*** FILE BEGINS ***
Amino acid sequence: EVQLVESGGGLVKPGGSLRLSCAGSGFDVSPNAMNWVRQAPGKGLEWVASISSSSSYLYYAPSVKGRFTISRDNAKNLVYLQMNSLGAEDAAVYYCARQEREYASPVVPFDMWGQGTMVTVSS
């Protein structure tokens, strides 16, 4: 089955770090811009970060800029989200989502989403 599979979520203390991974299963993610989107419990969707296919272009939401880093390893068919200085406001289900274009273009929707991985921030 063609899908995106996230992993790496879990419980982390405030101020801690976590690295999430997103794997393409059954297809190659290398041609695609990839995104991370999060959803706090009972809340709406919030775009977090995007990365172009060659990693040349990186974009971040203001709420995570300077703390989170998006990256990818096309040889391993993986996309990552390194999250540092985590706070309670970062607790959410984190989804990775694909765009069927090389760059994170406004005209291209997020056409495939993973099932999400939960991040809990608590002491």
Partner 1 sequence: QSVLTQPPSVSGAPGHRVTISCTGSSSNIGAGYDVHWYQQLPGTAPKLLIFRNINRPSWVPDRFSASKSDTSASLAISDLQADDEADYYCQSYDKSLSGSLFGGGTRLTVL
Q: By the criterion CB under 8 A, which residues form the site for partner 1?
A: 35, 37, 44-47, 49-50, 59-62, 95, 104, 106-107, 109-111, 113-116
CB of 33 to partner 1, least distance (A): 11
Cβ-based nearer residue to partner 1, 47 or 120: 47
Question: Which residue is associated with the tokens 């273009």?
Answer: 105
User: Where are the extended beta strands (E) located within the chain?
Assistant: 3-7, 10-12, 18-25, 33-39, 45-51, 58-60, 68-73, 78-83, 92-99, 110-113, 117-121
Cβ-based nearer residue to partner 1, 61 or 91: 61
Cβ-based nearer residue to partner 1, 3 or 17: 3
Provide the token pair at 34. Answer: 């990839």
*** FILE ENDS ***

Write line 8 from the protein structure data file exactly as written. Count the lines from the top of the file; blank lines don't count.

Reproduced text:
Question: Which residue is associated with the tokens 């273009």?